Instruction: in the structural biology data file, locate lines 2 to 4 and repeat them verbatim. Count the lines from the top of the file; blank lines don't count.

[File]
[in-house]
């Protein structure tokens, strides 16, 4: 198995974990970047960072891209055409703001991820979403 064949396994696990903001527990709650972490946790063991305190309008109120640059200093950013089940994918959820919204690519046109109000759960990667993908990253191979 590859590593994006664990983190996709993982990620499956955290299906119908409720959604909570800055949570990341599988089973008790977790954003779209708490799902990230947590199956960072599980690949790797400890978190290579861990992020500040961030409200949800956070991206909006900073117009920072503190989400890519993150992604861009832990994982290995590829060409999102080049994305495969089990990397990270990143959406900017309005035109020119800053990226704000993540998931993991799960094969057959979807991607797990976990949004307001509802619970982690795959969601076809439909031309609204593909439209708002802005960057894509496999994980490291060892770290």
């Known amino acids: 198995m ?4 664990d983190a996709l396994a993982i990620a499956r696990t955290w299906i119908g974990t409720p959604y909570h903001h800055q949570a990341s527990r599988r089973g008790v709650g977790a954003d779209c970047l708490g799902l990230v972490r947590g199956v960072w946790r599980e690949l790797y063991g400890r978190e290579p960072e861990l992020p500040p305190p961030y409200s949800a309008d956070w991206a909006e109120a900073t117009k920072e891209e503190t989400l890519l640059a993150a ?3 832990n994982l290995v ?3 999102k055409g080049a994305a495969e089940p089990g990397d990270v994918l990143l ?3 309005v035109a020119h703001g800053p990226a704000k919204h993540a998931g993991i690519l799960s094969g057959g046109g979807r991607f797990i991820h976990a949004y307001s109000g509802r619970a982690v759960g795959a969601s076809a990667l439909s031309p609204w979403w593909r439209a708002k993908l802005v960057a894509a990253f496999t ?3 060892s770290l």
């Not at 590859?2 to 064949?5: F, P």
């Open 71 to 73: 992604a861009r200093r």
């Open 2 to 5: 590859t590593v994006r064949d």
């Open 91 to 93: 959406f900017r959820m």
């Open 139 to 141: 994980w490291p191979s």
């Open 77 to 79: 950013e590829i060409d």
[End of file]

């Protein structure tokens, strides 16, 4: 198995974990970047960072891209055409703001991820979403 064949396994696990903001527990709650972490946790063991305190309008109120640059200093950013089940994918959820919204690519046109109000759960990667993908990253191979 590859590593994006664990983190996709993982990620499956955290299906119908409720959604909570800055949570990341599988089973008790977790954003779209708490799902990230947590199956960072599980690949790797400890978190290579861990992020500040961030409200949800956070991206909006900073117009920072503190989400890519993150992604861009832990994982290995590829060409999102080049994305495969089990990397990270990143959406900017309005035109020119800053990226704000993540998931993991799960094969057959979807991607797990976990949004307001509802619970982690795959969601076809439909031309609204593909439209708002802005960057894509496999994980490291060892770290």
């Known amino acids: 198995m ?4 664990d983190a996709l396994a993982i990620a499956r696990t955290w299906i119908g974990t409720p959604y909570h903001h800055q949570a990341s527990r599988r089973g008790v709650g977790a954003d779209c970047l708490g799902l990230v972490r947590g199956v960072w946790r599980e690949l790797y063991g400890r978190e290579p960072e861990l992020p500040p305190p961030y409200s949800a309008d956070w991206a909006e109120a900073t117009k920072e891209e503190t989400l890519l640059a993150a ?3 832990n994982l290995v ?3 999102k055409g080049a994305a495969e089940p089990g990397d990270v994918l990143l ?3 309005v035109a020119h703001g800053p990226a704000k919204h993540a998931g993991i690519l799960s094969g057959g046109g979807r991607f797990i991820h976990a949004y307001s109000g509802r619970a982690v759960g795959a969601s076809a990667l439909s031309p609204w979403w593909r439209a708002k993908l802005v960057a894509a990253f496999t ?3 060892s770290l």
């Not at 590859?2 to 064949?5: F, P």